Diwali, one of India’s most important festivals, kicked off on Thursday, with the main festivities taking place on Saturday, November 14.
Every year, Hindus, Sikhs and Jains around the world celebrate Diwali. The holiday symbolizes new beginnings and the triumph of good over evil and light over darkness.
The festivities typically last five days and include reuniting with family members, sharing tasty food, watching spectacular fireworks, and visiting temples.
The streets, houses, shops and public buildings are decorated with small terracotta oil lamps called “diyas”, illuminating them with a warm and festive glow.
This part of the festival recognizes the Hindu god Lord Rama and the legend of his return to his kingdom after fourteen years of exile. The light symbolizes purity, luck and power.
Hindus in cities and towns around the world also believe that during Diwali, the Hindu Goddess of Wealth Lakshmi will visit their homes if they are lighted, clean and well furnished.
Lakshmi puja, which involves a prayer ritual, is also an important part of the Hindu religion. Now is the time to thank and pray for a good harvest.
But as the coronavirus pandemic continues to halt mass rally plans and many countries remain stranded, this year’s Diwali will be very different for many.
Experts have also warned that gathering in groups to celebrate Diwali could lead to an increase in coronavirus cases, especially in the Indian capital where infections are already on the rise, exacerbated by India’s entry into the annual season of pollution. atmospheric.
Here’s how the festival is celebrated around the world in 2020.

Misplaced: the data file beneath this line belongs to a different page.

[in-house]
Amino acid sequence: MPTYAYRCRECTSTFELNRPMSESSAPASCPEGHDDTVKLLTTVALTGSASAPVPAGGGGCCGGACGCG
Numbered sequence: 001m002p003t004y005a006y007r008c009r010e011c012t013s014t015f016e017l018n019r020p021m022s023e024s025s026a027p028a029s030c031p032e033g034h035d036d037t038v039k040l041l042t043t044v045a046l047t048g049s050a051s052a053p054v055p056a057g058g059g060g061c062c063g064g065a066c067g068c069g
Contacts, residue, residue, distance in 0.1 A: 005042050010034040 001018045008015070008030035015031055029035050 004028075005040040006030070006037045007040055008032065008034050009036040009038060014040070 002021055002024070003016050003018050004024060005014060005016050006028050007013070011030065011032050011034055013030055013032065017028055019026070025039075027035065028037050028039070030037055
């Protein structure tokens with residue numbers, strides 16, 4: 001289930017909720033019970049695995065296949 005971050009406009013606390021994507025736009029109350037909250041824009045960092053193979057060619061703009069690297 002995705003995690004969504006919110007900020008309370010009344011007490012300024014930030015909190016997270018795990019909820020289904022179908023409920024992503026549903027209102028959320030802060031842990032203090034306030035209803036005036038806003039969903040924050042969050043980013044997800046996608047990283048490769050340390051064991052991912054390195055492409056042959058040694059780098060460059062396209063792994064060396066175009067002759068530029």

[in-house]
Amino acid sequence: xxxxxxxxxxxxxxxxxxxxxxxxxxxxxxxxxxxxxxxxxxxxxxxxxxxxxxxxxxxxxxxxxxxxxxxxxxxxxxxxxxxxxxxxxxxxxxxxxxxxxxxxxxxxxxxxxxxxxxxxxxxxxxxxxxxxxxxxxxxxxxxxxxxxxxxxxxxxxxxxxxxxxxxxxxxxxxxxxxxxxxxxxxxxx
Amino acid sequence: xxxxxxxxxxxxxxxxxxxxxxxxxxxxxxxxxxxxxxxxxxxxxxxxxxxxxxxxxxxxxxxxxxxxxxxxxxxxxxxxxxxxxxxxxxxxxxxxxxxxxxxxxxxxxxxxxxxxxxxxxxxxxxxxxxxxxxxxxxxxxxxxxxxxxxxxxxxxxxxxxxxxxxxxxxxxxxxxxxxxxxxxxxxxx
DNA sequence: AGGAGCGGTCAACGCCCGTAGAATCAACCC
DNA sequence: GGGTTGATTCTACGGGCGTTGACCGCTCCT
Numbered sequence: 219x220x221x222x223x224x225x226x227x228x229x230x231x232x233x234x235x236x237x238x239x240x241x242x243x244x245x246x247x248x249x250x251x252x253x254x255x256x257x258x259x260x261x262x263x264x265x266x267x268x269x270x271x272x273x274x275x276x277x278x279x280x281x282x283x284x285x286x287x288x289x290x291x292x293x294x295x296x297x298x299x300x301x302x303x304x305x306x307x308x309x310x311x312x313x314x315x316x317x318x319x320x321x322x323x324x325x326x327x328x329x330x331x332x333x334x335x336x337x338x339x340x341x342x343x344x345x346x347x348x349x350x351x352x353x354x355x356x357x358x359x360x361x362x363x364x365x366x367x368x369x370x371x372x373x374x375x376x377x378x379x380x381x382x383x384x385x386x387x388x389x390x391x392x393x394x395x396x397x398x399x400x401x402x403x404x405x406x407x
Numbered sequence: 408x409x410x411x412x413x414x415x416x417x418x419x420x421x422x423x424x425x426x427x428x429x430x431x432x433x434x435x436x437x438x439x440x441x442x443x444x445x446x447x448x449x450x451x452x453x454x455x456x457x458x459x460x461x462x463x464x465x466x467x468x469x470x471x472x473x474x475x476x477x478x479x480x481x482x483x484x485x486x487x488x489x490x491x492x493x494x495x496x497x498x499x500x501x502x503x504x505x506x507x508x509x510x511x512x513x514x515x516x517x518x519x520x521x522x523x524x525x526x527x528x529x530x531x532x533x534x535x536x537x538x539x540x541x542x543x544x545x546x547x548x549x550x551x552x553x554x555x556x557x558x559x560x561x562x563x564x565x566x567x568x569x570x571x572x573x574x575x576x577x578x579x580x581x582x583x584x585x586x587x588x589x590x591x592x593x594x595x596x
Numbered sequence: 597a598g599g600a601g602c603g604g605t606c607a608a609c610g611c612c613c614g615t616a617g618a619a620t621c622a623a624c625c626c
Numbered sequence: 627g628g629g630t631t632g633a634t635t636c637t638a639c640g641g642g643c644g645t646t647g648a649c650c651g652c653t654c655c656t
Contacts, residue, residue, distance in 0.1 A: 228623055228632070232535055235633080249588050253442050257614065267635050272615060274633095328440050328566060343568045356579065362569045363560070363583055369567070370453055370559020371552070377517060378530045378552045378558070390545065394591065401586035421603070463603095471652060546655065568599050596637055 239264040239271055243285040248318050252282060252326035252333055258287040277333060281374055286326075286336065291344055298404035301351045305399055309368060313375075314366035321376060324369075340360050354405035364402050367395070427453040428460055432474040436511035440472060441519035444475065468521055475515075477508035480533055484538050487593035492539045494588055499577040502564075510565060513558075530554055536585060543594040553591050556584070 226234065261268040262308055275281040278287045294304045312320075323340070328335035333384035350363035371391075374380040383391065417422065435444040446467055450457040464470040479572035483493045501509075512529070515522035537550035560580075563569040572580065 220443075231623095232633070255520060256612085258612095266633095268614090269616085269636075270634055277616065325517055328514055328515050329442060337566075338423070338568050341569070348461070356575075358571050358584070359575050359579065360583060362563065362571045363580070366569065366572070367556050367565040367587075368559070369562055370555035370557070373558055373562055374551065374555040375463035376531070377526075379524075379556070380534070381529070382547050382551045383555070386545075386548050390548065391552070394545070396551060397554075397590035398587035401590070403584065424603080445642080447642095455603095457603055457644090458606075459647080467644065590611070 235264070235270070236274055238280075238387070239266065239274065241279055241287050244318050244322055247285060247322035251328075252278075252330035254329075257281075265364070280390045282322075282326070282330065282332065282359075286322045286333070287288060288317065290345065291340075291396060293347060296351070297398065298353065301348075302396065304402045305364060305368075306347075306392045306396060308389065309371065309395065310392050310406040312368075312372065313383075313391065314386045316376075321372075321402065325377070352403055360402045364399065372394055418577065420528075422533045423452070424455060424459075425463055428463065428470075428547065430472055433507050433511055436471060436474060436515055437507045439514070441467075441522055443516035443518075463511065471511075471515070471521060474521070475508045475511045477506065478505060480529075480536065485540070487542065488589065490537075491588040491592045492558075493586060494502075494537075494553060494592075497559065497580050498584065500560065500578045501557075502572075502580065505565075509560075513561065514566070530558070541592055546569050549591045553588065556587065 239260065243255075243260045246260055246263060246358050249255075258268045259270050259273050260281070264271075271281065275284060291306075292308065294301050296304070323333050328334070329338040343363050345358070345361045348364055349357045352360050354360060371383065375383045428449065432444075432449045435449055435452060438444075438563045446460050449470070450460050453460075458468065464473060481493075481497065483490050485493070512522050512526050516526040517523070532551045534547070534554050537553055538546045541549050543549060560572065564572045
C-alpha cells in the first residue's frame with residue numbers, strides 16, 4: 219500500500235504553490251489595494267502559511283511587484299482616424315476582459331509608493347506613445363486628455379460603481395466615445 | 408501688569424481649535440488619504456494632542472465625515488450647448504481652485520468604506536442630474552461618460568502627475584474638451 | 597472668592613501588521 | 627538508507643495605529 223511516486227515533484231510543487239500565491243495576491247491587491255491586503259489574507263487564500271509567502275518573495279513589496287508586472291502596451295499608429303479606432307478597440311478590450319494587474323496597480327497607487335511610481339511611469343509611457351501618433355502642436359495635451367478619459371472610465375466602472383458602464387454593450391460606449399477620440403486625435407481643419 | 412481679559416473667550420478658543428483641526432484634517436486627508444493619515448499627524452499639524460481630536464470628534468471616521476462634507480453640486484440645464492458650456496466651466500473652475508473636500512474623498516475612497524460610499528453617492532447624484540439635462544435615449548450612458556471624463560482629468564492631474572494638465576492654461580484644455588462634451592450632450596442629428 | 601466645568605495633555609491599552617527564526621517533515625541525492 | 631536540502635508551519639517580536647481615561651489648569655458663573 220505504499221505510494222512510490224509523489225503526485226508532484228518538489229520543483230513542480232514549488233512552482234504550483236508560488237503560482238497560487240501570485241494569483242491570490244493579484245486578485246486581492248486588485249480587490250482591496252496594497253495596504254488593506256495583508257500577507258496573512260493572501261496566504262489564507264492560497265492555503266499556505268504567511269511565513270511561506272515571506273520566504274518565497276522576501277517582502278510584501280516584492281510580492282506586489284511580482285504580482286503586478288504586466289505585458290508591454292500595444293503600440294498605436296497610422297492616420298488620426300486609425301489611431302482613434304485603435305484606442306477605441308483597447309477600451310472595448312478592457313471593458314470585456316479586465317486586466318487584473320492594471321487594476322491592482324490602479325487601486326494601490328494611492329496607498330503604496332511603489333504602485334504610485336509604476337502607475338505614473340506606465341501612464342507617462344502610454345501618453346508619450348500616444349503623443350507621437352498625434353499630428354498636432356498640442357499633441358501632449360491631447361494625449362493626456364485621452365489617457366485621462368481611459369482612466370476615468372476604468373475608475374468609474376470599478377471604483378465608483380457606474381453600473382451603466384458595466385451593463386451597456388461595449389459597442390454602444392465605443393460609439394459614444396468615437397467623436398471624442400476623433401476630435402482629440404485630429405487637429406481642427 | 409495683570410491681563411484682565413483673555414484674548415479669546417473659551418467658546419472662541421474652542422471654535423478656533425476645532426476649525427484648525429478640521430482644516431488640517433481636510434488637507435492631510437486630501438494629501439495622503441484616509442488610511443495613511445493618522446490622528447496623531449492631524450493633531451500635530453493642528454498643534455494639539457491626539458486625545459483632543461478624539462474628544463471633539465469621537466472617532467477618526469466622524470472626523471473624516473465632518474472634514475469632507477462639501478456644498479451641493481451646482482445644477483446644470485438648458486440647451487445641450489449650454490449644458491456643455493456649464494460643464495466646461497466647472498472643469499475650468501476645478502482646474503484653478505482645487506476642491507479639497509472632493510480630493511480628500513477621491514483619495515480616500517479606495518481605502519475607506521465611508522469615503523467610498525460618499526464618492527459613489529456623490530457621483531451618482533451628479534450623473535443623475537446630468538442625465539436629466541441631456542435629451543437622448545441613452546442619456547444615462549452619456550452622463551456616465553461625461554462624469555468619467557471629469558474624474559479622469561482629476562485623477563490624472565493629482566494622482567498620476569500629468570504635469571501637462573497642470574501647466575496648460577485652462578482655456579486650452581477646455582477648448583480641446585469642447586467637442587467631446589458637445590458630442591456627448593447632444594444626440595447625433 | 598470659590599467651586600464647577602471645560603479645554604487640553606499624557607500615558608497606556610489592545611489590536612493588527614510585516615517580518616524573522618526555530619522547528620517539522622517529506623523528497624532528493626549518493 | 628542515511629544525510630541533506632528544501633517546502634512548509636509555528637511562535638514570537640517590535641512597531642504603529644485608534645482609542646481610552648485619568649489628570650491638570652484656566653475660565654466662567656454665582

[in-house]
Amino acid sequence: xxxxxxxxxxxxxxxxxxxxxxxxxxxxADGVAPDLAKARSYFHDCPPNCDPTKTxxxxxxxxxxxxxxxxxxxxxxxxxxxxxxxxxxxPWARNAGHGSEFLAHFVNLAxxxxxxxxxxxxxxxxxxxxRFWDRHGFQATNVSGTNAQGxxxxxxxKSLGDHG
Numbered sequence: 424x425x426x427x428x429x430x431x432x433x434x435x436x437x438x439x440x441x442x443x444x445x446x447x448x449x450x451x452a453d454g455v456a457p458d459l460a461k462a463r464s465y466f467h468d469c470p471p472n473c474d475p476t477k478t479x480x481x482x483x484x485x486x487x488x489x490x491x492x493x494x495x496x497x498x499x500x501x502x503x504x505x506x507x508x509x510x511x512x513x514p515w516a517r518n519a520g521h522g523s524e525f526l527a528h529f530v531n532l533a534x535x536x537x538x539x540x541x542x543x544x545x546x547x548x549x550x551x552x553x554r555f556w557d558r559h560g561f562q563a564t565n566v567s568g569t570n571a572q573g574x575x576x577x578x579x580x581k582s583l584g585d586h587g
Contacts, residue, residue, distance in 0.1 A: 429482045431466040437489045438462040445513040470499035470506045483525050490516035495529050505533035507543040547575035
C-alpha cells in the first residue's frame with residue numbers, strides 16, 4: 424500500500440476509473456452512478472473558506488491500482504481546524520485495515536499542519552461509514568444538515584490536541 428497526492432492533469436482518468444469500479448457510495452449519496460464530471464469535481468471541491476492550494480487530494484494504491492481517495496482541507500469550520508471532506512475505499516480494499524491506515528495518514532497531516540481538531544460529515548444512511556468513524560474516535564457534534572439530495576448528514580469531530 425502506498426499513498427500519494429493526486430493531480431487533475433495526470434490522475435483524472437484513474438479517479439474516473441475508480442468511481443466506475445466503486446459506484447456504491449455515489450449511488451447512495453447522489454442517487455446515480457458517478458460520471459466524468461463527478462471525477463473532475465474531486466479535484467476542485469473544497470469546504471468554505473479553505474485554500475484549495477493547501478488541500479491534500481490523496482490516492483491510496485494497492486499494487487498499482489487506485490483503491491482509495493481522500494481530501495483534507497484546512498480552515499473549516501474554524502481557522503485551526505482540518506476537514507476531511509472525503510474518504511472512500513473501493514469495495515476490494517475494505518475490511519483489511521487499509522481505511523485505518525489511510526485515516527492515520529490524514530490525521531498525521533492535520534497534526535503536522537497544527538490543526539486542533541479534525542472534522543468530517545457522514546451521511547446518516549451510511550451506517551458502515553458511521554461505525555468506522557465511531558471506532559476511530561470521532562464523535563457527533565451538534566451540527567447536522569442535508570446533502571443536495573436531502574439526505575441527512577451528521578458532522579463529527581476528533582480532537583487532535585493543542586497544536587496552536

‘It looks very different’
London-based model, actor and fashion influencer Rahi Chadda told CNN Travel that Covid and the current British bloc have forced him to cancel plans for his annual Diwali dinners, which typically host around 30. of his friends and family.
England are currently in the middle of a national bloc banning home mixing, so Chadda will only be cooking for her parents this year.
“The places of worship are closed and the tradition of going to the temple is not really happening this year,” he explains.
Chadda generally enjoys buying fireworks and decorating her house for Diwali.
“This year you don’t feel the motivation to do it because it’s a pandemic and it looks very different,” he says.
The Covid context also adds a different dynamic to the celebrations, adds Chadda.
“We can have a happy and safe Diwali in our home, but there are people who have recently lost a loved one to the coronavirus, so it might not be the happiest Diwali for them,” says -he.
As an influencer, Chadda understands that she has a responsibility to celebrate Diwali in a safe and conscious way, while her more than 800,000 Instagram followers are watching her.
But he is grateful to have the opportunity to celebrate, even if this year is more low-key.
“I’m healthy and my loved ones are around me. It just makes you realize that during all these years of celebration and celebration, to some extent you end up taking it for granted. We just have to appreciate and celebrate it. ‘opportunity for what it is, and the pandemic can’t kill your vibes, ”he adds.
According to a study by global digital payment company WorldRemit, 45% of the UK’s South Asian community hoped to travel abroad to visit family and friends this weekend, until travel restrictions imposed by the second wave of coronavirus in the country meant people needed to take a closer look. at home.
Ajay Devanarayanan, 22, a student from Devon, England, told CNN Travel that instead of meeting and celebrating together, his family shared hopeful and thoughtful messages via a group chat on the networks social.
Devanarayanan says the conversations revolved around how the essence of Diwali is to find positivity in the moment and be grateful for health and happiness. There is no need for large-scale celebrations; the important thing is to keep the time spent with your loved ones.
For those celebrating Diwali, social media and video calling are a crucial way for people to connect with loved ones in a Covid-safe manner.
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